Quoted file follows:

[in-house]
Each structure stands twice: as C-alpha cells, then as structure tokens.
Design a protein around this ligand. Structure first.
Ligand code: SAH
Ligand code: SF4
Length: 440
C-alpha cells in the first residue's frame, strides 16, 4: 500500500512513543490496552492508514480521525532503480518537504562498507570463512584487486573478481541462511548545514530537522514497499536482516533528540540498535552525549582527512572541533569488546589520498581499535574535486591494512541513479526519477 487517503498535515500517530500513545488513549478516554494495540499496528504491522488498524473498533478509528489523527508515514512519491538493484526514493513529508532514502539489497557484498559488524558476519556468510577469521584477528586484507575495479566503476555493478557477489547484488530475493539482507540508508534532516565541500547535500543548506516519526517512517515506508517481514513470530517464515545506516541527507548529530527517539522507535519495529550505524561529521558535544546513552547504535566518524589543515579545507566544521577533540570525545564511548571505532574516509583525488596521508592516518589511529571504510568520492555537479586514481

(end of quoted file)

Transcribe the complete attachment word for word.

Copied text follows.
[in-house]
Each structure stands twice: as C-alpha cells, then as structure tokens.
Design a protein around this ligand. Structure first.
Ligand code: SAH
Ligand code: SF4
Length: 440
C-alpha cells in the first residue's frame, strides 16, 4: 500500500512513543490496552492508514480521525532503480518537504562498507570463512584487486573478481541462511548545514530537522514497499536482516533528540540498535552525549582527512572541533569488546589520498581499535574535486591494512541513479526519477 487517503498535515500517530500513545488513549478516554494495540499496528504491522488498524473498533478509528489523527508515514512519491538493484526514493513529508532514502539489497557484498559488524558476519556468510577469521584477528586484507575495479566503476555493478557477489547484488530475493539482507540508508534532516565541500547535500543548506516519526517512517515506508517481514513470530517464515545506516541527507548529530527517539522507535519495529550505524561529521558535544546513552547504535566518524589543515579545507566544521577533540570525545564511548571505532574516509583525488596521508592516518589511529571504510568520492555537479586514481